Google Reader Flap Shows 5 Problems With Free - InformationWeek
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01:51 PM

Google Reader Flap Shows 5 Problems With Free

Google Reader's shutdown reminds us that free technology tools can come with high costs.

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Everyone loves free stuff. Whether your budget is large or small, it's tough to argue with a price tag that reads "$0.00."

Yet "free" sometimes costs more than we think. The pending shutdown of Google Reader serves as a reminder of the downsides of free or "freemium" technologies. Chief among them: Someone has to pay the bills; otherwise, the lights eventually get turned off. As InformationWeek's Thomas Claburn noted: "Online services cost money to operate and those using Reader weren't paying to keep the service running."

That straightforward fact extends well beyond the Google Reader case. It also underpins many of the problems free technologies cause for business users in terms of reliability, availability, security and other areas, according to Techaisle analyst Anurag Agrawal.

"It is better to use tools that require at least some payment for the services rendered," Agrawal said in an email interview. Agrawal believes free technology tools are better-suited for short-term projects and tasks: "For example, Google Docs to share a spreadsheet among school students signing up for a field trip, or Hitman Pro to remove malware from PCs or [a free trial of] Basecamp to manage a small project with 1-2 weeks duration," he said. Among other reasons for that mindset: It involves less exposure to long-term risk if that service disappears or is otherwise disrupted.

[ Free is risky, but so is choosing paid software. See Office 365: Why A Law Firm Switched. ]

But we like free. Why should we pay up? To be sure, there are plenty of reasonable use cases for free technologies. But business users that don't at least ask the question "why is this free?" might be ignoring potential problems down the road. Let's look at five hidden costs of "free."

1. Free Isn't Often Viable

No one, Google included, shuts down services because they're profitable. "Companies go out of business without revenue and profits," Agrawal said. When they do, users are often left in the lurch: "Users may lose their data and also have to find and train on a new solution."

So while free tools can solve a "now" problem without busting the budget, there's little promise that they'll continue to do so in the future. "Freemium models are still in vogue," Agrawal said. "However, not all companies succeed in converting free users to a sufficient number of paid users." When that happens, services -- or entire companies -- can disappear almost overnight. Take Loosecubes: The website offered freelancers and other professionals free short-term office space by matching them with area businesses that had desks to spare. It was a nice, community-minded idea -- but one with no apparent revenue streams. The company shut down on November 16; it sent an email to users announcing the closure on November 13.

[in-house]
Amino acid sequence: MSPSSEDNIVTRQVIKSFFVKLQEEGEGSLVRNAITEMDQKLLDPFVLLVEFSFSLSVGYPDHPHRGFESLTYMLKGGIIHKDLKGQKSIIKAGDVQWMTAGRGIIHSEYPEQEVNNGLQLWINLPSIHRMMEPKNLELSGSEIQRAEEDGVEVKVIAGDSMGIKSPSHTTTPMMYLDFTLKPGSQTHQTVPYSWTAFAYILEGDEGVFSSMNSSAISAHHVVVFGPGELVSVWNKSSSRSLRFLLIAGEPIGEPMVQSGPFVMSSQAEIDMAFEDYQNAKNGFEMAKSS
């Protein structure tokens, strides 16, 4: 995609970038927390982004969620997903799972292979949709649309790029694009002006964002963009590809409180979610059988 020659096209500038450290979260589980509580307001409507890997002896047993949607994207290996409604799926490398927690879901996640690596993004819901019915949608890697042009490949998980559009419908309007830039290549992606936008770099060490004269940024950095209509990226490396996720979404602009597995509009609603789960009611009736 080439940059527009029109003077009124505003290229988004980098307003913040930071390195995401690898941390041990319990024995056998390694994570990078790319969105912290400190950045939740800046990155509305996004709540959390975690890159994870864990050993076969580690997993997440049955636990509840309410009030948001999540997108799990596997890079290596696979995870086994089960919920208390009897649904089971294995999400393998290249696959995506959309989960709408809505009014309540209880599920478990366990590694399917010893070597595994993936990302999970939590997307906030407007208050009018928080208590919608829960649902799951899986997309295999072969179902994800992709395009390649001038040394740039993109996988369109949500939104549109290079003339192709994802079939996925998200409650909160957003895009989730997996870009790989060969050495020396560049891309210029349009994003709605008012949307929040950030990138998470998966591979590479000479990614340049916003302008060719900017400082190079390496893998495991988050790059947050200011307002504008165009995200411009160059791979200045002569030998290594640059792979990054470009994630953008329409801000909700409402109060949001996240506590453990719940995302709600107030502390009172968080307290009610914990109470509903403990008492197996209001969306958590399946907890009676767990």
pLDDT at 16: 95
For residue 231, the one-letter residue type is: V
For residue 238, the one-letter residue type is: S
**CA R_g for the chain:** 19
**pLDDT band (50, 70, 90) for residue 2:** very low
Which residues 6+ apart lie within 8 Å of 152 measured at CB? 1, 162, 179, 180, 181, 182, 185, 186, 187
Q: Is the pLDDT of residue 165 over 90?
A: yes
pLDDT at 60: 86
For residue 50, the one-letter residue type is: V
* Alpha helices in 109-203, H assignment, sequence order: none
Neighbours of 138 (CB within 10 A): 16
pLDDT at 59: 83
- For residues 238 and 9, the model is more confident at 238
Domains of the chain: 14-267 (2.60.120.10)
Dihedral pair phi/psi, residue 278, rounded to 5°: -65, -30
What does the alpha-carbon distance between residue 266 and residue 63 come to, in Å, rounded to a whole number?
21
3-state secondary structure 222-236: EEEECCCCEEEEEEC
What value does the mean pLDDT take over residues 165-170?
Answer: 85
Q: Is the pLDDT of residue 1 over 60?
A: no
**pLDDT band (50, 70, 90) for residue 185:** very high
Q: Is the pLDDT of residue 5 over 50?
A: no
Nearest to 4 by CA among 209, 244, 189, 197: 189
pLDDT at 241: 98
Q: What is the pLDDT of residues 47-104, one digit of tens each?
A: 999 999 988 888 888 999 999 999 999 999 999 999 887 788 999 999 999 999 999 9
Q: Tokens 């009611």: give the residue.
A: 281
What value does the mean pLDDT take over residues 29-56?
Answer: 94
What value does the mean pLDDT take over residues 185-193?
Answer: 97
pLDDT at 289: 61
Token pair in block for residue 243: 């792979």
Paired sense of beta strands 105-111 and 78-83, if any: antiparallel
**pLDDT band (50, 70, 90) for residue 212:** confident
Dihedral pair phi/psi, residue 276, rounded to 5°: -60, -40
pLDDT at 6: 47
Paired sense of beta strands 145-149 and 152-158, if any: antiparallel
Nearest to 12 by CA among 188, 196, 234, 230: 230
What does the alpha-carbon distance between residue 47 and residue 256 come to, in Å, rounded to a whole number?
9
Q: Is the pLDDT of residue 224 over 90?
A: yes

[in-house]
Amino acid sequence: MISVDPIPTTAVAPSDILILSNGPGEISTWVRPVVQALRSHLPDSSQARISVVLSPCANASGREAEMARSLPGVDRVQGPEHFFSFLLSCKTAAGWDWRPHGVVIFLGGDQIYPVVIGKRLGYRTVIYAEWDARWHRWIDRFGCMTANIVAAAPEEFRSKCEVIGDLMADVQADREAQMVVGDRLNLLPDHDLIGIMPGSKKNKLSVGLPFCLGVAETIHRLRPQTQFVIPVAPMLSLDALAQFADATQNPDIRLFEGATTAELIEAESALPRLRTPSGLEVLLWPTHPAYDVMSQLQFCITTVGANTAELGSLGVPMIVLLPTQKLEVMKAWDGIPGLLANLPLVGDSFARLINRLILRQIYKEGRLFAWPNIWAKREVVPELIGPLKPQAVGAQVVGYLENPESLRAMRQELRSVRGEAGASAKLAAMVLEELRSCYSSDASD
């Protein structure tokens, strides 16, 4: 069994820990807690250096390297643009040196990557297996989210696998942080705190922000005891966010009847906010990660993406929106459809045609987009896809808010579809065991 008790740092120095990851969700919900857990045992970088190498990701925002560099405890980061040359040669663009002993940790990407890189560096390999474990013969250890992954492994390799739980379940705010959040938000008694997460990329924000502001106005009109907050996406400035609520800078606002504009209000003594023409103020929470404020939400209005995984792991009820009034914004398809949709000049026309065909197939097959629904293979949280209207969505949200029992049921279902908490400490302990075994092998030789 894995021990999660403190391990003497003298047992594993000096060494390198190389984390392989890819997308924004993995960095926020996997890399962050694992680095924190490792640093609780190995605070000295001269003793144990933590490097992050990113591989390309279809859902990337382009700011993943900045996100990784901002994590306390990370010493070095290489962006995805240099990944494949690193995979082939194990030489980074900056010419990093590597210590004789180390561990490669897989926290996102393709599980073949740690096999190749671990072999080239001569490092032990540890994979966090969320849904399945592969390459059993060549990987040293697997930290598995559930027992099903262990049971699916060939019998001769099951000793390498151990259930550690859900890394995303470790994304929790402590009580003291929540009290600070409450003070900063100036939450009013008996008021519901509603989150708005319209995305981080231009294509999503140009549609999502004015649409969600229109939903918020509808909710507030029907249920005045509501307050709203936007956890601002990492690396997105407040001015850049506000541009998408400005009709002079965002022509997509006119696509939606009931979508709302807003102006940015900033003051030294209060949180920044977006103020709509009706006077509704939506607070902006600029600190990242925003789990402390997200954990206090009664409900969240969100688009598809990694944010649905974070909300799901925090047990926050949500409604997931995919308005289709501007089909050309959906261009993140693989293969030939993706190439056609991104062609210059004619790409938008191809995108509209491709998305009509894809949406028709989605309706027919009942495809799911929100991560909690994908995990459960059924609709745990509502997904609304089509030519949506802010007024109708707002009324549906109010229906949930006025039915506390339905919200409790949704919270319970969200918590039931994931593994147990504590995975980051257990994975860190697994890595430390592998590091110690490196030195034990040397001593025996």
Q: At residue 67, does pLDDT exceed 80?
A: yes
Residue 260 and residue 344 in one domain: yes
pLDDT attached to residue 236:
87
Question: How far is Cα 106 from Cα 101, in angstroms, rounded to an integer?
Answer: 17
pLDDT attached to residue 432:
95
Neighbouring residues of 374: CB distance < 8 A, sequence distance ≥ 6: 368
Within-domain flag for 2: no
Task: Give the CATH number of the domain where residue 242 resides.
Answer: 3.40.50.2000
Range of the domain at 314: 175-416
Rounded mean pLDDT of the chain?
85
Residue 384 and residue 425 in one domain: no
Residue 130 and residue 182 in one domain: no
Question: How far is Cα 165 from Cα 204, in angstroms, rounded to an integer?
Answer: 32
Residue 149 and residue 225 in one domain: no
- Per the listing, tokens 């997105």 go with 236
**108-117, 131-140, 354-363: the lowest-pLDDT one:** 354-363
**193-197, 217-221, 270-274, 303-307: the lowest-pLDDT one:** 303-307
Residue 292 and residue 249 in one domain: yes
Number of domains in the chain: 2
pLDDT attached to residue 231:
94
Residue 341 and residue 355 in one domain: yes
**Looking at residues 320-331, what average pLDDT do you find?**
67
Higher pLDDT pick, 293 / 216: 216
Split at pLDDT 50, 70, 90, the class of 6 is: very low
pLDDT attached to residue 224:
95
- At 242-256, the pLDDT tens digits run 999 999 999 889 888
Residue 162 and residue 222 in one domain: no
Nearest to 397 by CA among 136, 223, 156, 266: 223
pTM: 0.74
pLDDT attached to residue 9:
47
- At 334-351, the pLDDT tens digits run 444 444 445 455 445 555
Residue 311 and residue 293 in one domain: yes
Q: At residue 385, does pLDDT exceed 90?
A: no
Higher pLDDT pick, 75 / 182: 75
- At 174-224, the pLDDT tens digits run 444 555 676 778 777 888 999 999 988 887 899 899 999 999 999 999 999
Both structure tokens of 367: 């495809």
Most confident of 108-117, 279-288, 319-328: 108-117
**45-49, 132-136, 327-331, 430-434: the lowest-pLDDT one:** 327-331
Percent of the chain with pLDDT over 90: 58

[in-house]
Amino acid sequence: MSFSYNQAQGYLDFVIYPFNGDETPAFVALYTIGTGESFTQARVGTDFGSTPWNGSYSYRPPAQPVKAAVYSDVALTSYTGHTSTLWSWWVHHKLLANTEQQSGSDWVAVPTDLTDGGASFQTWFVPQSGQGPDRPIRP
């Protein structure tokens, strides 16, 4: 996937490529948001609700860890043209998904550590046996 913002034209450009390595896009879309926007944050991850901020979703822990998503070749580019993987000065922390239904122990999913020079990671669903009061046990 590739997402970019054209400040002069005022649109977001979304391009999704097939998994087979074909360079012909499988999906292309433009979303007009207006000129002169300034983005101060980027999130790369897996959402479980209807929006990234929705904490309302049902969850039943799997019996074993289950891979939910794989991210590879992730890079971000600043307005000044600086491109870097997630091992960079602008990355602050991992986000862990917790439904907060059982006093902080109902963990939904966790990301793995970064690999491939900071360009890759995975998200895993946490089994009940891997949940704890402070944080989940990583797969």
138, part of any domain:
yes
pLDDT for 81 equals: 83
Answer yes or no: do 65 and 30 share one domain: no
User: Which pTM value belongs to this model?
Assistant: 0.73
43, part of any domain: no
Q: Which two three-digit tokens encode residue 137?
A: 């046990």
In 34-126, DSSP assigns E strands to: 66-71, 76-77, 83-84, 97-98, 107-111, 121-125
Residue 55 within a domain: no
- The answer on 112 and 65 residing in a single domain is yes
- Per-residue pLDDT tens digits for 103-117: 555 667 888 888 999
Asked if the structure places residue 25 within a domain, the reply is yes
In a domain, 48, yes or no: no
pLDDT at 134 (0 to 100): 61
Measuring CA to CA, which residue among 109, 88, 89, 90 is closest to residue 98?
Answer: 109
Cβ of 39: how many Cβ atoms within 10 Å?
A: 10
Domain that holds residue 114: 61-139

Agrawal noted that products and services get mothballed regularly even when the companies behind them continue to operate: " "Companies may stop releasing updates or completely remove the product from the market," he said. "Again, users lose."

2. Free Is Not Always Forever

Just because Microsoft gives away 7 GB of free SkyDrive storage today doesn't mean they'll do so tomorrow. "Companies may change their product strategy and start charging for services that were free," Agrawal noted.

Google offers another example here: It recently discontinued the free version of Google Apps, which had been available since the suite launched in 2006. While apps like Docs and Drive are still available free to individuals, companies must now pony up for a Google Apps For Business account. Tough to fault Google for that choice, but if you picked Google Apps because "free" was cheaper than Microsoft Office, it's no throwaway concern.

3. You Get What You Pay For